A*Men Ultra Zest has 8-10 hour longevity and moderate sillage.

I am not sure why Thierry Mugler has decided to rein in the powerful nature of A*Men but it makes Ultra Zest perhaps the most versatile in the line. It is light enough to be worn to the office. It has enough presence for a night out. It has enough bright citrus character to be worn in warm weather. There might be entries which do any one of those things better but none of them do all of them as well. A*Men Ultra Zest is one you should add to your A*Men collection if you’re a fan. It is also one to try if you maybe weren’t a fan of the original and the earlier flankers. It is my favorite of the flankers since 2012’s Pure Havane.

Disclosure: this review was based on a sample I purchased.

Mark Behnke

New Perfume Reviews Ex Nihilo Fleur Narcotique & Venenum Kiss- Searching for Quentin Bisch

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In everything that I am passionate about I am always looking for the next new talent. In perfumery one of those who has caught my eye, and many others, is Quentin Bisch. I think like most people I became aware of him through the three part BBC Perfume documentary. (If you want to see his introduction here is the link to the episode https://www.youtube.com/watch?v=Cz3_tY6Ld5I M. Bisch’s introduction happens at the 11:20 mark) What came through on the screen was this was a person who wore his passion for perfume openly. There was not a calculating bone in his body when it comes to perfume. Ever since that documentary I have waited for M. Bisch to start to produce his body of work. As a result I keep track of what he releases. Late last year I found out he had done a perfume for a new perfume brand in Paris, Ex Nihilo. At the time they did not have samples and I could only impatiently wait. Now the decant site Surrender to Chance offered five samples and two of them were the ones signed by M. Bisch, Fleur Narcotique and Venenum Kiss.

Ex-Nihilo-Team

Ex Nihilo Team (l. to r.) Olivier Royere, Sylvie Loday, Benoit Verdier

Ex Nihilo from the latin for “out of nothing” is owned and creatively directed by Olivier Royere, Sylvie Loday, and Benoit Verdier. Their backgrounds are not from classically trained beauty backgrounds. In a quote from their website they acknowledge this, “Our references come as much from perfumery as from design or architecture.” This belief allows them to take in a precocious young talent like M. Bisch and turn him loose. For his first two efforts for Ex Nihilo he has produced a fruity floral and a woody oriental.

Fleur Narcotique is described on the website as a “floral overdose” and while it is aggressively floral I am not sure if I ever felt close to an OD. I found it to be a study in subtlety as very often just when I thought I had a handle on things something new would change that opinion. Fleur Narcotique had an appealing olfactory restlessness which makes it fascinating to wear.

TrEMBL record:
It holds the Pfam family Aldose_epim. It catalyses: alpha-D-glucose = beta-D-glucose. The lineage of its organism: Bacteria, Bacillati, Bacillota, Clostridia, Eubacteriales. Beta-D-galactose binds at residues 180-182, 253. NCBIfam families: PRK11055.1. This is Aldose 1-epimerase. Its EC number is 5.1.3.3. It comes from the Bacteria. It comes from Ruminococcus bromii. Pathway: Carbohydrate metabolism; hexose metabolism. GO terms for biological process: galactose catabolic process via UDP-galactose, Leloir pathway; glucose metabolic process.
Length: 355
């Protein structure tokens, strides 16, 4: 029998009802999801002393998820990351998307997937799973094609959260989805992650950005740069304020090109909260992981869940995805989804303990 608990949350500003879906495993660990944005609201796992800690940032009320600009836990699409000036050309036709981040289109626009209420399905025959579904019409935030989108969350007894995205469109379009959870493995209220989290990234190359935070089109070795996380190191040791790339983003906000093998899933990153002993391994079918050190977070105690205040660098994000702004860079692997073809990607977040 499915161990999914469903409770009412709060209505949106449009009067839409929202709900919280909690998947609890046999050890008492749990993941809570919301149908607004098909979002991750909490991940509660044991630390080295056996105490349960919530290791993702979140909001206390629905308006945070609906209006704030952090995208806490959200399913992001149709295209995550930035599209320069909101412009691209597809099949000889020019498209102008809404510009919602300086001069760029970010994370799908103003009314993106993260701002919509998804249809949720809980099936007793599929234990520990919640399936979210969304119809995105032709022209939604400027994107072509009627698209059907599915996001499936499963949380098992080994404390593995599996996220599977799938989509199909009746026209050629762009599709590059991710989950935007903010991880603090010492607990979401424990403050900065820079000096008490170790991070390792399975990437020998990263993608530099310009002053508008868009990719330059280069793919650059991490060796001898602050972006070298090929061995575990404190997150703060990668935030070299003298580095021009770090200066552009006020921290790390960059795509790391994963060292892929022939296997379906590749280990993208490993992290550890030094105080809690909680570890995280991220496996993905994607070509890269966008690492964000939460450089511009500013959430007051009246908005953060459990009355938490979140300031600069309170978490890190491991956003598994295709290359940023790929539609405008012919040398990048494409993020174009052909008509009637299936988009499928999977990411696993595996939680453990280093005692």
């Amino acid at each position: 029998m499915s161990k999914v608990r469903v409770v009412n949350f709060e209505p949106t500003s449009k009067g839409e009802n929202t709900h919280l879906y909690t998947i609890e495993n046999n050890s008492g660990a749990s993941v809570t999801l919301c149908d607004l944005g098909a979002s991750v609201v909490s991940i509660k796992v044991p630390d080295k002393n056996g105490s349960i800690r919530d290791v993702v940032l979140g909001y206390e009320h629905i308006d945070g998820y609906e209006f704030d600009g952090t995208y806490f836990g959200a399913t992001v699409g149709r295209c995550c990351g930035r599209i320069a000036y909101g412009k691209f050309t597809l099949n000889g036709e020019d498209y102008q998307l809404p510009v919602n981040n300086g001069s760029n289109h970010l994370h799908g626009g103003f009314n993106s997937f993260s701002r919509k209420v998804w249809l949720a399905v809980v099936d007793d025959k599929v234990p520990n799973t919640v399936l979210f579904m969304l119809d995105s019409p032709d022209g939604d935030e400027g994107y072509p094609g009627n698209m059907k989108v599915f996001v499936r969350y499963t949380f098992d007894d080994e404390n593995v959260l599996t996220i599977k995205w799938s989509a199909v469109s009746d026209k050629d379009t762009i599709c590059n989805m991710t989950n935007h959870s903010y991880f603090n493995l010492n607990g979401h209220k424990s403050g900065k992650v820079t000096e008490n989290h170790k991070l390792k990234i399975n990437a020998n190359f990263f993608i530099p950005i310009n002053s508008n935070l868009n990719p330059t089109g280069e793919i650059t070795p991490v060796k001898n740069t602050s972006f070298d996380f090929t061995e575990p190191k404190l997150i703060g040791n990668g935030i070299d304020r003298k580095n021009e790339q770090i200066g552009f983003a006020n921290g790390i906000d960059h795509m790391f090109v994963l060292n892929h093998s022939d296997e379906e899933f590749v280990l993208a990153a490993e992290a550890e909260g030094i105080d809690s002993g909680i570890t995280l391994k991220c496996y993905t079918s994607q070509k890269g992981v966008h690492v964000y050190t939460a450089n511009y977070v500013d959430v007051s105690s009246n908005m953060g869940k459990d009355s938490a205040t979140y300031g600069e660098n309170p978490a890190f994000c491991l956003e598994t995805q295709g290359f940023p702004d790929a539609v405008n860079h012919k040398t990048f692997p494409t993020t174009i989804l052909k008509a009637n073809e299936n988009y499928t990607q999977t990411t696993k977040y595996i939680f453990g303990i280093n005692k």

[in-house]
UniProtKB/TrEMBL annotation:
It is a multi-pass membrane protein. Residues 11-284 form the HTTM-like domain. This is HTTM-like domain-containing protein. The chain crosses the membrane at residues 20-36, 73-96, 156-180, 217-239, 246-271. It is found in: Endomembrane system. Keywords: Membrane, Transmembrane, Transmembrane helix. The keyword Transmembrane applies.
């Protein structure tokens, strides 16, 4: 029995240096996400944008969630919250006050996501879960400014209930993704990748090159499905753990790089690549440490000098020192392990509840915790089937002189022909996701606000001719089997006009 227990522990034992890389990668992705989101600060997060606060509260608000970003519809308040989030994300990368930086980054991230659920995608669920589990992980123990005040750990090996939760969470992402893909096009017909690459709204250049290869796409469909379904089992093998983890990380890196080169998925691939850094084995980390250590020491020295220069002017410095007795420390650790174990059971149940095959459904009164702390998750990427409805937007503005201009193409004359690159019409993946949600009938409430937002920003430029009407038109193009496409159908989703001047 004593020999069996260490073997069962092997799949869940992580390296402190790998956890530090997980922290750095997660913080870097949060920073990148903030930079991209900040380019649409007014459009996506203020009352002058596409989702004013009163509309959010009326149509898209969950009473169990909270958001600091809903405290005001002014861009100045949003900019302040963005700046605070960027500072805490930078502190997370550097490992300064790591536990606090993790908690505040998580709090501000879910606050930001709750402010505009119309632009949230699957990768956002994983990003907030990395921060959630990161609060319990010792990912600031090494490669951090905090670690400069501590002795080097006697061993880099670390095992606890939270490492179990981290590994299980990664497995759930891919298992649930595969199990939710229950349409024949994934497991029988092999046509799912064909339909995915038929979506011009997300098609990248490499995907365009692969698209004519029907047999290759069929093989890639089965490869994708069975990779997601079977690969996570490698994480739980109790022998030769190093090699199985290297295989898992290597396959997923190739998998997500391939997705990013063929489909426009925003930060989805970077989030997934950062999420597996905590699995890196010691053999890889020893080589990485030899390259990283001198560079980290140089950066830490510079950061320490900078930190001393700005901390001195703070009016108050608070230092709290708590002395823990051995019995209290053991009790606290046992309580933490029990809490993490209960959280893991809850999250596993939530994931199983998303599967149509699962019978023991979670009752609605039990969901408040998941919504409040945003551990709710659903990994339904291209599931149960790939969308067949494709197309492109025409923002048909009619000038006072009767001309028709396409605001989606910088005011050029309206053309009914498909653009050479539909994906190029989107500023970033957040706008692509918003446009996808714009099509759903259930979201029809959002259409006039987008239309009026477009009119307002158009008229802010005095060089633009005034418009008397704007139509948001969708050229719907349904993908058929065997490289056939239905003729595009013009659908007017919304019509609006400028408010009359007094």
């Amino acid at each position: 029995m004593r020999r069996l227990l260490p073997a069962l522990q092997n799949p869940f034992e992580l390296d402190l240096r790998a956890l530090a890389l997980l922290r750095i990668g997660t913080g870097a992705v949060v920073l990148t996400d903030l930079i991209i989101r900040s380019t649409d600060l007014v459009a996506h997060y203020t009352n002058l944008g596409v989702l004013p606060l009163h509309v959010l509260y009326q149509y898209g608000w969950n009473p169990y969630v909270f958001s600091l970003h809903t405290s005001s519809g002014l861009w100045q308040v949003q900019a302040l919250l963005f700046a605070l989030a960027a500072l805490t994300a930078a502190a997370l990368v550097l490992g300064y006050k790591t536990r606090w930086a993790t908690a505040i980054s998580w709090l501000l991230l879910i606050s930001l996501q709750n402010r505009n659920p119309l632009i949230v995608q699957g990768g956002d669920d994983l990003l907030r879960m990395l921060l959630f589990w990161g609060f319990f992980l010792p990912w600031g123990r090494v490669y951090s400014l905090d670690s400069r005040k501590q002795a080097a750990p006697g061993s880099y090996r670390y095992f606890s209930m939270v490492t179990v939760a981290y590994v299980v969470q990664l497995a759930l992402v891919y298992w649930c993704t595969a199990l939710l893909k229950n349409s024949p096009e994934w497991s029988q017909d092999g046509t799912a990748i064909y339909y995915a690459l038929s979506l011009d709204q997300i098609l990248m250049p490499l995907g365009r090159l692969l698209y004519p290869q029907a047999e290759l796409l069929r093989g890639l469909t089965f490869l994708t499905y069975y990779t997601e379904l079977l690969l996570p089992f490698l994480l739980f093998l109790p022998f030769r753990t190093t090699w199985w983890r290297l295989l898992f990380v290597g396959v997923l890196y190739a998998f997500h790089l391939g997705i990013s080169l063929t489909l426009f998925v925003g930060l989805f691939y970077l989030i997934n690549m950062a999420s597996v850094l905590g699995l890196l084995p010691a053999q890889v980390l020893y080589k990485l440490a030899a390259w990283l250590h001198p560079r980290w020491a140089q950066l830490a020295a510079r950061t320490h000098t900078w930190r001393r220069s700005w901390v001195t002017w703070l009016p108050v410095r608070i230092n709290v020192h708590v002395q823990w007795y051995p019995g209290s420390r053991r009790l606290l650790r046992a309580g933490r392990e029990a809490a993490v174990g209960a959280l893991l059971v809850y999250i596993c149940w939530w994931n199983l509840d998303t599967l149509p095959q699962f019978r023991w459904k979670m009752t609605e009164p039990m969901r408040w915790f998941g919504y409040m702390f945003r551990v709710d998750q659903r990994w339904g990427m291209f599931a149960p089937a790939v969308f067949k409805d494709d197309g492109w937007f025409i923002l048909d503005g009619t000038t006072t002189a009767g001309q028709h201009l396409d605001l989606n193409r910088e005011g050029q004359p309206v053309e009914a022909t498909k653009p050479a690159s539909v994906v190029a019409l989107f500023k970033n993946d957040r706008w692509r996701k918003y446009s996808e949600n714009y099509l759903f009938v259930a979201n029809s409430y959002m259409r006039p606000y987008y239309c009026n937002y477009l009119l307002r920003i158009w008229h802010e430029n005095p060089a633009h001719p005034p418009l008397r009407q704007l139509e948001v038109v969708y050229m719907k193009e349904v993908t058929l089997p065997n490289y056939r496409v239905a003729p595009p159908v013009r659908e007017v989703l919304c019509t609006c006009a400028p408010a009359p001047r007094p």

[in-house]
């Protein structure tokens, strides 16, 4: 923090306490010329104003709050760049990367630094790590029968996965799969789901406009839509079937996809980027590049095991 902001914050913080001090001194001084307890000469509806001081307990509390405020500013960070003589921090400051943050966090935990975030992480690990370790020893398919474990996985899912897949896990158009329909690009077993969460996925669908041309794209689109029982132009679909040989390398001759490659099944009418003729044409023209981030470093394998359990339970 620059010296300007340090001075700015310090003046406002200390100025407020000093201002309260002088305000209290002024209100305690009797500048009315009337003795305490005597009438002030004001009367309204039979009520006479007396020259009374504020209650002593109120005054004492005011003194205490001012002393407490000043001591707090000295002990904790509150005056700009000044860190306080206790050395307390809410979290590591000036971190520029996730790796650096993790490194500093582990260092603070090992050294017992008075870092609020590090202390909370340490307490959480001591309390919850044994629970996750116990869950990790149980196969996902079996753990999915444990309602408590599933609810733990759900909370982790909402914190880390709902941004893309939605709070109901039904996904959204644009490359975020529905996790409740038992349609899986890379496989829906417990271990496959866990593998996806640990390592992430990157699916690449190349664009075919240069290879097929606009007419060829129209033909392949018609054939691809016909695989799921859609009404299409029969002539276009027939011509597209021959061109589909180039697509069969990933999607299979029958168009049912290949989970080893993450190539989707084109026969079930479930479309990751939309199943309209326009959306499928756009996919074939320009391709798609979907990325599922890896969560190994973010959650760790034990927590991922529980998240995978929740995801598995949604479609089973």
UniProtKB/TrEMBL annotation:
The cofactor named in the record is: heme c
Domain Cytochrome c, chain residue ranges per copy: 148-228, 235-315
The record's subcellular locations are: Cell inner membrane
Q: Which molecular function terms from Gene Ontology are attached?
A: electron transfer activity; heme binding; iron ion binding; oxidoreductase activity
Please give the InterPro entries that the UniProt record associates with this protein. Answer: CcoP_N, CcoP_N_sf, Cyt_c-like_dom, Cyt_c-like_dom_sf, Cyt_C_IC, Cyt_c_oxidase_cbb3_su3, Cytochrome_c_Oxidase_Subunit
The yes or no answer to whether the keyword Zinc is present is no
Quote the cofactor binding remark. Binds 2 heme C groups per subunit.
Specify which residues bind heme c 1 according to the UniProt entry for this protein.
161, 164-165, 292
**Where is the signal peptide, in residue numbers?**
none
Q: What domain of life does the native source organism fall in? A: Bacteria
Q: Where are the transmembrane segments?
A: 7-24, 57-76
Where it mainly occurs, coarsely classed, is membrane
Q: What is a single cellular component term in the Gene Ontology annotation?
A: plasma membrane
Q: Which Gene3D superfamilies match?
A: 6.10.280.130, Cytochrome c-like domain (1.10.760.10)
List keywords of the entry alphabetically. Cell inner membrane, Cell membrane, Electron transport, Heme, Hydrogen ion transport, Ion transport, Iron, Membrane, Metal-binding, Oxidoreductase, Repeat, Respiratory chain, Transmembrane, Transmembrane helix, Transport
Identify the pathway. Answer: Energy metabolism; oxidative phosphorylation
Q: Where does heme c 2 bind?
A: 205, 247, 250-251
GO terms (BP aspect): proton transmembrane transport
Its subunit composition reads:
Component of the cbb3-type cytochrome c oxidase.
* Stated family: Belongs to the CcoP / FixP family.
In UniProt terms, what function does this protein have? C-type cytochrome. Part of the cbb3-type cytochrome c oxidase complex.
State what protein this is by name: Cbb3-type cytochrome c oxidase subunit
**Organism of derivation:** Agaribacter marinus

In the opening moments you are greeted with bergamot and peach; pretty standard fruity floral territory. Except for two things. First the fruit is not amped up to bludgeoning levels it is kept much more transparent than the typical fruity openings. The second is M. Bisch’s use of lychee to add an exotic twist to the mundane. Great lychee has a syrupy kind of musty quality. Paired with the peach, especially, it makes for an opening to a fruity floral which had me wanting to see what floral was coming. The answer was peony bolstered by orange blossom and jasmine. The fresh quality of the peony was an excellent foil to the peach and lychee. Most of the time while wearing a fruity floral I can pretty much ignore it after an hour or so because besides a few woods or musks that will be it. Fleur Narcotique has those woods and musks, along with some moss. M. Bisch brings them forward so they interact with the fruit and the florals instead of waiting for them to disappear before emerging. These base notes provide a languid transformation over the last few hours that I wore Fleur Narcotique. Fleur Narcotique has 12-14 hour longevity and average sillage.

Quentin Bisch

Quentin Bisch

Venenum Kiss is described as “opulent and poisonous” which I found appropriate. M. Bisch works the classic spicy sandalwood rose axis of Oriental perfumes and gives his own interpretation. If Fleur Narcotique was restless, Venenum Kiss is indolent. It carries a relaxed comfortable vibe which makes one just want to stay in and enjoy the smell.

M. Bisch chooses nutmeg and saffron as the spices. I like the way these two spices interact with each other as the familiarity of the nutmeg is crossed with the exoticness of saffron. The heart is rose which is partnered with neroli. The neroli is really the bridging note between the spices on top and the rose in the heart. Sandalwood comes to the fore and it is joined by davana which picks up the rose and carries it down into the base. A bit of styrax and vanilla add a bit of sweetness to the late stages. Venenum kiss has 10-12 hour longevity and moderate sillage.

These two perfumes show two different sides of M. Bisch’s style and what I can see and smell makes me want more.

Disclosure: This review was based on samples I purchased from Surrender to Chance.

Mark Behnke